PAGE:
74 Figur e 3 1 Republican ideology in the H ouse : 1994 Calculated using a composite ideological voting score based upon actual votes cast in 1994 1 we see here that nearly 60 % of Republican members of the House can be onservative during the year building up to the mid term election. Across three ideological voting dimensions (economic, social, and foreign policy), our originally constructed data shows that House Republicans in the early 199 0s were increasingly ideologic ally homogeneous, dominated by political activity that leaned deeply conservative in its point of view. There remained smaller, though significant group s of more moderated conservatives regardless, weaker conservative groups were considerably diminished in comparison to their more ideological counterparts in the run up to the Revolution 1 See the attached appendix for an explanation of the calculations involved.


75 Perhaps the reason that the Revolution was such a surprise was because it took place in a period of unified government. Importantly, these factors were exacerbated by th is political context: for the first time since 1980, both Congress and the White House were controlled by Democrats; thus, the Republicans could more effectively hold the and Oppenheimer, 2001). As ment this context to their advantage. The legislative process in the post reform House has been increa singly no longer follow a predictive linear process, but are referred to multiple committees before heading to the floor (Sinclair, 2000). In the case of the healthcare bill, Clinton faced a situation in which five House committees and two Senate committe es controlled its fate. With the proposal moving through so many committees, Republican (and even some Democratic) opponents had multiple opportunities to attack the legislation. Placing great trust in their leadership, a united Republican front emerged in an effort to put more partisan pressure on the Clinton proposal. One such example was made by House Mino rity Leader Richard Armey who published an op ed in the Wall Street Journal that illustrated a damaging ed, an d its flow chart that displayed the complexities of the proposed legislation was repeated over and over on television news programs and in other newspapers. Congressional observers reported that the Administration and Democratic leaders were exasperated b y attacks: Wh at does it tell you when 75 per cent of Americans support the proposals Sen. Thomas Daschle, D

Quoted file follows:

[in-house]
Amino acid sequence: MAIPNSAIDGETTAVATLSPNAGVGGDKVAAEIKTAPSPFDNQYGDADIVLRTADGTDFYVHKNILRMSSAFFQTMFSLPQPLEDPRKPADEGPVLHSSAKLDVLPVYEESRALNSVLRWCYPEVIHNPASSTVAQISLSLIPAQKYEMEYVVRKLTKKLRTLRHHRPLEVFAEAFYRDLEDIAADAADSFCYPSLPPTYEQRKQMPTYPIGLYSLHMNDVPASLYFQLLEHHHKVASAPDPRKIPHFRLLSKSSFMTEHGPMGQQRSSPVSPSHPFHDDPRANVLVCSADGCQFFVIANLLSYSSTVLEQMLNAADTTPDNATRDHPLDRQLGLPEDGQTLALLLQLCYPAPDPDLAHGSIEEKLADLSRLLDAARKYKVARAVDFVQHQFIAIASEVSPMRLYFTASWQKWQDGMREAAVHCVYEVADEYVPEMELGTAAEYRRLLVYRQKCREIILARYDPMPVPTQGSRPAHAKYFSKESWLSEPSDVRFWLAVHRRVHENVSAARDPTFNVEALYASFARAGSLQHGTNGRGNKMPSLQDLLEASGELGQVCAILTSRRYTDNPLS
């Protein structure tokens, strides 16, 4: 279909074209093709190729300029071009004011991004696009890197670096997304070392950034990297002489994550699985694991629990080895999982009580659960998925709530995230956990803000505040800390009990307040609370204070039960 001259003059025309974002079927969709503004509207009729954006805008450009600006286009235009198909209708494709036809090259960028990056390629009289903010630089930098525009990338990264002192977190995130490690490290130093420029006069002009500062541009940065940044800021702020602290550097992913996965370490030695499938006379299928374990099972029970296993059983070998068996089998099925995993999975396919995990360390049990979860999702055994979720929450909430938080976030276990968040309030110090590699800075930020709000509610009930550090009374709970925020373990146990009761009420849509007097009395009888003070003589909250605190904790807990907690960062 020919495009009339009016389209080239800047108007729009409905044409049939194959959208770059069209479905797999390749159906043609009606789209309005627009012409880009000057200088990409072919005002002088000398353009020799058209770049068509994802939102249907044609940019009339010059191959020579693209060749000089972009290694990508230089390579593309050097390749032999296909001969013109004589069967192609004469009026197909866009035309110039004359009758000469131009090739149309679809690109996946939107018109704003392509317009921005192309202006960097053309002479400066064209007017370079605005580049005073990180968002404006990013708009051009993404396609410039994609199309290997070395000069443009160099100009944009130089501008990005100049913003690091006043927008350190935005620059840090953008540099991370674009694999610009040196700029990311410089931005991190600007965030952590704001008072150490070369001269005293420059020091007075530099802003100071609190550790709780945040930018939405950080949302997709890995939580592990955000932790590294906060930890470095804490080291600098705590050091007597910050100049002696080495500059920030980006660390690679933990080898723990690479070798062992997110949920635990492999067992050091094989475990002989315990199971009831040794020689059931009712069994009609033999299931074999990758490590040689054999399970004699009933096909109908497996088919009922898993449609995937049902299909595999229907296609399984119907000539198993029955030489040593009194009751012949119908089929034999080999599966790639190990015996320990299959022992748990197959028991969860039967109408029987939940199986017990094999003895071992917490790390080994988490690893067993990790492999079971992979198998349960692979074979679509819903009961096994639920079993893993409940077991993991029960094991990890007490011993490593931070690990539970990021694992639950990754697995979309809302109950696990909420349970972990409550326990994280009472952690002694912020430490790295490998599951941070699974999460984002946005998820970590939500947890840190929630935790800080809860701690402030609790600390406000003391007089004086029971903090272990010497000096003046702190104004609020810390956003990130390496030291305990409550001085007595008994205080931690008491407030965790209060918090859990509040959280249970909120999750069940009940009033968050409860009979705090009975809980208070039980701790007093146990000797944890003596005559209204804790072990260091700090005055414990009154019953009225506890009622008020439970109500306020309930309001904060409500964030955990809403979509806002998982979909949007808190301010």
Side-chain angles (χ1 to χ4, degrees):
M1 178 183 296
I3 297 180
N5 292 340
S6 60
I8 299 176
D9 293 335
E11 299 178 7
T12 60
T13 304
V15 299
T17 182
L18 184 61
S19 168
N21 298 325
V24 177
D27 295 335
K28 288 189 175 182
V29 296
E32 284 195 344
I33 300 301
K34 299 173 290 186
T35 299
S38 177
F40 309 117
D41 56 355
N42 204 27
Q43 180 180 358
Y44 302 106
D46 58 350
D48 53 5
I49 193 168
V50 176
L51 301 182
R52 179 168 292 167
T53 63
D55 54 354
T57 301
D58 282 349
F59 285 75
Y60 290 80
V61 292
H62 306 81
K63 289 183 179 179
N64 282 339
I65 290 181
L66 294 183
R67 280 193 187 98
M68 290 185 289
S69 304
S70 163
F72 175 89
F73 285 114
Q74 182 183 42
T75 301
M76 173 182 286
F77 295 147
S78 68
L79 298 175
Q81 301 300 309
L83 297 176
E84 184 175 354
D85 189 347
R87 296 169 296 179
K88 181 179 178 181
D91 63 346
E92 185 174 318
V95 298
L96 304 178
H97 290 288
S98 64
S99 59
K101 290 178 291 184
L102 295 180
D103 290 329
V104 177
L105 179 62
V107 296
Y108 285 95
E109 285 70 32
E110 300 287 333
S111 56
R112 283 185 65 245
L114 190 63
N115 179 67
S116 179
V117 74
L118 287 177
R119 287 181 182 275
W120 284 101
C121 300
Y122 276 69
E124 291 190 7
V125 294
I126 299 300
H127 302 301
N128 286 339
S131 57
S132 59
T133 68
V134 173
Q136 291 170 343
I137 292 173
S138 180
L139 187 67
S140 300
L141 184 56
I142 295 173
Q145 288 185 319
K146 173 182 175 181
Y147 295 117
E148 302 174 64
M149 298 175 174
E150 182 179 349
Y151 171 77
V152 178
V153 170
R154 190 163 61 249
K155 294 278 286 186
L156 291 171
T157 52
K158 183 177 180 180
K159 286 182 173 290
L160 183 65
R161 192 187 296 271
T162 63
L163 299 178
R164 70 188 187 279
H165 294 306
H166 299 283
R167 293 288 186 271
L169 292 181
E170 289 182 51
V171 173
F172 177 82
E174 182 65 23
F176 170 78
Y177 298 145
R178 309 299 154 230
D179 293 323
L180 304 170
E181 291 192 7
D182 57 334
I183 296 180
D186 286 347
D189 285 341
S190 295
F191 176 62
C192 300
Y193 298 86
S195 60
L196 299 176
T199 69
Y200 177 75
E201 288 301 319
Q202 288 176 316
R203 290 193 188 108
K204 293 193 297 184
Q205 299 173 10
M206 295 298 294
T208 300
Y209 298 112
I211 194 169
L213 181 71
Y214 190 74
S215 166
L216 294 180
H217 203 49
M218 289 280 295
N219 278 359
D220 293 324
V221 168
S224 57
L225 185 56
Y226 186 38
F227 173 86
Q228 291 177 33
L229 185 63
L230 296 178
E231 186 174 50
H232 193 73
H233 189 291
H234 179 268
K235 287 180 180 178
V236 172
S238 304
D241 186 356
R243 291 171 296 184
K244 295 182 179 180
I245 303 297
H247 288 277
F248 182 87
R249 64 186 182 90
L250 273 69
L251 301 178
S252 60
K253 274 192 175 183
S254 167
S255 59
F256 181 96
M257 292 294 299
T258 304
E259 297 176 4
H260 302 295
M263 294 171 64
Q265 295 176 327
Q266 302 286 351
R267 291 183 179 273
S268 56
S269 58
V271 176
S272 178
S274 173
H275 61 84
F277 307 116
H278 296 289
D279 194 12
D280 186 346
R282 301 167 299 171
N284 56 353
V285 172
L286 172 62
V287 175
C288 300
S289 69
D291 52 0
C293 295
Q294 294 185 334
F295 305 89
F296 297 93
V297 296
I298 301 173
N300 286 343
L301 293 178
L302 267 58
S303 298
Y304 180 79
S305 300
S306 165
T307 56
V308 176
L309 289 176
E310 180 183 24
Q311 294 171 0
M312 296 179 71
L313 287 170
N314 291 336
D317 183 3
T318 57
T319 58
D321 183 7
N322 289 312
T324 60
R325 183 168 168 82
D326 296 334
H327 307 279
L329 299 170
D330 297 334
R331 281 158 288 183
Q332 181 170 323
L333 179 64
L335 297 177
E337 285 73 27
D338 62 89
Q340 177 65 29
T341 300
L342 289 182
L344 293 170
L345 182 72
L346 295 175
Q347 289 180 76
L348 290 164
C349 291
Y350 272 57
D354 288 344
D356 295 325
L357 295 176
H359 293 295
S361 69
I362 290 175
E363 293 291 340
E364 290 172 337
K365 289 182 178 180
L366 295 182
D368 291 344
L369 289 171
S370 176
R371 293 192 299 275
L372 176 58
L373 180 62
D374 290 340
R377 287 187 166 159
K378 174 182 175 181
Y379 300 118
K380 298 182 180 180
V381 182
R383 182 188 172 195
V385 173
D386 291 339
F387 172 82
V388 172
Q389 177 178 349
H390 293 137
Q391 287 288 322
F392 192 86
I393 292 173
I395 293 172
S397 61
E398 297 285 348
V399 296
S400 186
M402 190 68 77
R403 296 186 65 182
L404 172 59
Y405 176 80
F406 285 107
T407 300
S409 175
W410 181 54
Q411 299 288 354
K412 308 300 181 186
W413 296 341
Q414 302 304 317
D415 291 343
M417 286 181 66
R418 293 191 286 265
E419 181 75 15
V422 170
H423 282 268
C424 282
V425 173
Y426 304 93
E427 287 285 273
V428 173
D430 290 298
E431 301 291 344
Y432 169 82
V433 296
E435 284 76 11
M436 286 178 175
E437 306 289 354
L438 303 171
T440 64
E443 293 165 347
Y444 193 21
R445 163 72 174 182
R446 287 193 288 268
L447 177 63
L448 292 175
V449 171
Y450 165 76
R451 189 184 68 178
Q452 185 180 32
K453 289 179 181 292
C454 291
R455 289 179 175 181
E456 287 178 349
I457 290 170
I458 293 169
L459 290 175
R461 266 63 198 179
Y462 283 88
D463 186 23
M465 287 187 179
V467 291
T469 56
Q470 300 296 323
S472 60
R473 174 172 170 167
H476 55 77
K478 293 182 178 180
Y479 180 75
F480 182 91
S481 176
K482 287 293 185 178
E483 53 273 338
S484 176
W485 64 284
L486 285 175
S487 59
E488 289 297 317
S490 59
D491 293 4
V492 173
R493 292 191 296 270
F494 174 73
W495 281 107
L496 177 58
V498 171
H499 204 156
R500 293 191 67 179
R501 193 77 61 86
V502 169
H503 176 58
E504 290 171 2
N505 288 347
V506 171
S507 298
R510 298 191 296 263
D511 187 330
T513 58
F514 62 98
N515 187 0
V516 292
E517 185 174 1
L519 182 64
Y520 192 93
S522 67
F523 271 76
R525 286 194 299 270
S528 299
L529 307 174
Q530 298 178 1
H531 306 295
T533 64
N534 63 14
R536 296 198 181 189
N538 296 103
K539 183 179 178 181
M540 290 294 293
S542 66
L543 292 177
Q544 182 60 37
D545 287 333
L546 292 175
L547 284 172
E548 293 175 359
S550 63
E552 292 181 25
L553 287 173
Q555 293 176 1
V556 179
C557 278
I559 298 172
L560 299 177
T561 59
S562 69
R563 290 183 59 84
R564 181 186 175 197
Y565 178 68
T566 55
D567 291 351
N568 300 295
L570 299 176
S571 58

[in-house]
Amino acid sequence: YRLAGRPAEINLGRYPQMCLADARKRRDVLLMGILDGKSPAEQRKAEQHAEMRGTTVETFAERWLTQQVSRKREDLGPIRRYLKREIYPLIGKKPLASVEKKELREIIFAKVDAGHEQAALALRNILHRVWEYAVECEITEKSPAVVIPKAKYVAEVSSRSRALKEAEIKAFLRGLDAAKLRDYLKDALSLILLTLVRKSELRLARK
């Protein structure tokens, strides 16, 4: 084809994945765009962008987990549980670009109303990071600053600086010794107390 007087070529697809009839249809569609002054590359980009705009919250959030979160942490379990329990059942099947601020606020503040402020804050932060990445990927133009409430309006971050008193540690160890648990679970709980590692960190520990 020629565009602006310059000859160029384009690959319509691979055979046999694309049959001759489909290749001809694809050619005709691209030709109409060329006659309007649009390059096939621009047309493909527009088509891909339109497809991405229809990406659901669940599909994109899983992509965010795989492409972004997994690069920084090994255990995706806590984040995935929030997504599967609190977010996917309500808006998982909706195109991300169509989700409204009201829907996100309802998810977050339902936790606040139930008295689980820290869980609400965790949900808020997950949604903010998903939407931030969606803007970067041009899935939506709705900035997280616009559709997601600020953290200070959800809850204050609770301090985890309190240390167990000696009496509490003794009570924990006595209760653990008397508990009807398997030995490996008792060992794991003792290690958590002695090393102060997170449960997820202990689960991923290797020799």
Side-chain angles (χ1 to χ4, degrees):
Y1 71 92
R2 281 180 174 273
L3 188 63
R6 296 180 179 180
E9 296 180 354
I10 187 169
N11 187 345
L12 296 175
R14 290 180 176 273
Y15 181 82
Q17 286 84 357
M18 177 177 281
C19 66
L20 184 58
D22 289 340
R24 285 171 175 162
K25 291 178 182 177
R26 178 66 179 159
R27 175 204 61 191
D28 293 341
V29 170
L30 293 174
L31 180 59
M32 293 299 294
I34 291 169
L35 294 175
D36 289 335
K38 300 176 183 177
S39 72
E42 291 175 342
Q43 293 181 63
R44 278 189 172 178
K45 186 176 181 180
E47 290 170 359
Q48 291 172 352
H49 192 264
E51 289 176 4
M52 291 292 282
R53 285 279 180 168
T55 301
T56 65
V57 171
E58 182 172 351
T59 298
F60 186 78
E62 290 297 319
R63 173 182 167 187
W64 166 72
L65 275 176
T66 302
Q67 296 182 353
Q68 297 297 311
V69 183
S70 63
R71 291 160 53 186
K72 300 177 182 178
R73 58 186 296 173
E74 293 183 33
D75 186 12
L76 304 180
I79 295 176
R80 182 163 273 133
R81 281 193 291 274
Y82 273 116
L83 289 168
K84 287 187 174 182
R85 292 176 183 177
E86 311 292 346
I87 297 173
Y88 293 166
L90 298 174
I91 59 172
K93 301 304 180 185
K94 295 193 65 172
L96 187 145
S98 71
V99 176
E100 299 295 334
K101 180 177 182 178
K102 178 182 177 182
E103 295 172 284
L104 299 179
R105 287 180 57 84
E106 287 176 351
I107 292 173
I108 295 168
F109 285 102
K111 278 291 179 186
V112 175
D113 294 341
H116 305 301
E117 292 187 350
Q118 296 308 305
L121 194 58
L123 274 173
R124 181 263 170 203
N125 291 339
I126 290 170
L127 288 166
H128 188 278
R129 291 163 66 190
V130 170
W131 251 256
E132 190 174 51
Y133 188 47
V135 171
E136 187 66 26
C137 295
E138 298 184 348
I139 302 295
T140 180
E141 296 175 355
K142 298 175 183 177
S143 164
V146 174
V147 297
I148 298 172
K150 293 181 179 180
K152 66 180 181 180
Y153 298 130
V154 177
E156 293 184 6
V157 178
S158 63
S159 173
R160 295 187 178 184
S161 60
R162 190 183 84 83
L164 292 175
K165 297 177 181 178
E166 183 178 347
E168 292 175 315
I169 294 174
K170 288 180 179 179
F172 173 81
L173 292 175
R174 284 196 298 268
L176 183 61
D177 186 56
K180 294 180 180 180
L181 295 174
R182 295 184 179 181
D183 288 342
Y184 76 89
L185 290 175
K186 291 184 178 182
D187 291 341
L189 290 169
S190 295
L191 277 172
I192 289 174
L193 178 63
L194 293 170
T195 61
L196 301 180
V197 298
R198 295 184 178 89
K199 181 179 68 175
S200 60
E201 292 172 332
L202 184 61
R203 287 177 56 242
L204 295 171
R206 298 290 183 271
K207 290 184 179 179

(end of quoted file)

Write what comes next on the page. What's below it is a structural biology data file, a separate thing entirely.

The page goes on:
76 continued effort t o distort and undermine the legitimate efforts to address pp. 1119) In the end, Clinton was handed a major defeat by the Republicans despite their being unified government, and no version of a healthcare bill was ever voted upon in the Congress (Zelizer, 2004 pp. 253 4) In gearing up for the 1994 campaign against a wounded Administration, Gingrich and GOPAC were adamant about the Republican message and its presentation in terms of its capacity t o both encompass the political demands of the voting public, and the content and language of the Contract were refined with extensive polling as conducted by Frank Luntz (a chief Republican spin doctor), and the advice of sympathetic public policy groups like the Heritage Foundation (Bruck, 1995; Peters, 1999; Edwards, 1999 pp. 297). By June of 1994, many in the GOP were becoming Bill McCollum, R pp. 1618). Following their healthcare victory, a confident Republican party leadership conducted a Maryland retreat to craft their own legislative agenda and policy goals that could be presented to point platform that called for inst itutional reform and conservative legislation to be passed within the first 100 days of a Republican majority in Congress (Zelizer, 2004 pp. 254). In multiple ways, this platform represented a direct break with past legislative politics, seeking to remove and reconstruct the institutional foundations of the House.